The great power of Darwinism, according to its proponents such as
Richard Dawkins, is that, given enough time, natural selection can
explain anything and everything. But when it comes to mankind, the
lack of evolutionary time becomes a major problem. What are the odds
against mankind benefiting from not one but several macromutations
in the course of only six million years?
The problem can be looked at another way. One of the central
principles of Darwinism is that ’nature never over-endows a species
beyond the needs of everyday existence’. So, why was it that, in the
complete absence of an intellectual rival, Homo sapiens did acquire
a brain which was light years beyond its requirements for everyday
How did the hominid known as Homo erectus transform itself 200,000
years ago into Homo sapiens, with a 50 per cent increase in brain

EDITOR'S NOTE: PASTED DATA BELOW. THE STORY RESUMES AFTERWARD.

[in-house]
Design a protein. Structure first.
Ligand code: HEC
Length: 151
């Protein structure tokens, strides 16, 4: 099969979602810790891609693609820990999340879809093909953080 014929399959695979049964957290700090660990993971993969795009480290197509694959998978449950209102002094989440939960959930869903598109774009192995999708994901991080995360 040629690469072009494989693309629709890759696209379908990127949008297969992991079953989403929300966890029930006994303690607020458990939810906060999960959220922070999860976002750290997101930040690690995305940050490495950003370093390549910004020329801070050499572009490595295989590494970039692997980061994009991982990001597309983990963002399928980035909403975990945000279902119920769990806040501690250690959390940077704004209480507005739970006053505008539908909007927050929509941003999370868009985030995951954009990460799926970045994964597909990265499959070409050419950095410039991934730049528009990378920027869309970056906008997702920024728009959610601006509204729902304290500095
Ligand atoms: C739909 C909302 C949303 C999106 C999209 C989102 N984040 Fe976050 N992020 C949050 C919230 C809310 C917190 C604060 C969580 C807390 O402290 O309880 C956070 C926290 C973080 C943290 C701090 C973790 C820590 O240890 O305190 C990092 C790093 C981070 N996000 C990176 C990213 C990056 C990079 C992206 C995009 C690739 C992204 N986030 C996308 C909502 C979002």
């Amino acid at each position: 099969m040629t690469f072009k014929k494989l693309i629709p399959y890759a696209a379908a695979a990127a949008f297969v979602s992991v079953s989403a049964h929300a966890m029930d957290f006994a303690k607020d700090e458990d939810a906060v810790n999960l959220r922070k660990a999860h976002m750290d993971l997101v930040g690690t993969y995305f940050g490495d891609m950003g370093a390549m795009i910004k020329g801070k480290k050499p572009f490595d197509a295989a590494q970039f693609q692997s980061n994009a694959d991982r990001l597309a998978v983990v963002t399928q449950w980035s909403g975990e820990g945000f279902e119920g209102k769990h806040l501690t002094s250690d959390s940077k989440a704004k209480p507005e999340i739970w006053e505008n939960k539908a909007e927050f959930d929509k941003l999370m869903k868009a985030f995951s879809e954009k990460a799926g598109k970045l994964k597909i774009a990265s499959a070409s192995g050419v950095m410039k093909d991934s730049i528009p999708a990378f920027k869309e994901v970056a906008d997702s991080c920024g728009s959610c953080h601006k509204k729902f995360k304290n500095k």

size, together with language capability and a modern anatomy?
According to the orthodox scenario, Homo sapiens emerged suddenly c.
200,000 years ago, and yet made little use of his huge brain for
160,000 years. Then, 40,000 years ago, Homo sapiens seemingly
underwent what we might call a transition to modern behavior.
Having swept northwards, he expanded through most of the globe by
13,000 years ago. After a further 1,000 years he discovered
agriculture, 6,000 years later he formed great civilizations with
advanced astronomical knowledge, and here we are after another 6,000
years sending space probes into the furthermost depths of the Solar
It is a scenario which seems utterly implausible and flies in the
face of our understanding of evolution as a slow and gradual
process. Common sense would suggest at least another million years
for Homo sapiens to develop from stone tools to using other
materials, and perhaps a hundred million years to master such trades
as mathematics, engineering and astronomy. We shouldn’t even be
dreaming of space probes.
Returning to the study of Sir Arthur Keith, mentioned earlier, how
do we reconcile his conclusions with the scientific evidence which
shows a 98 per cent genetic similarity between man and the
chimpanzee? I would now like to turn this ratio around and ask how a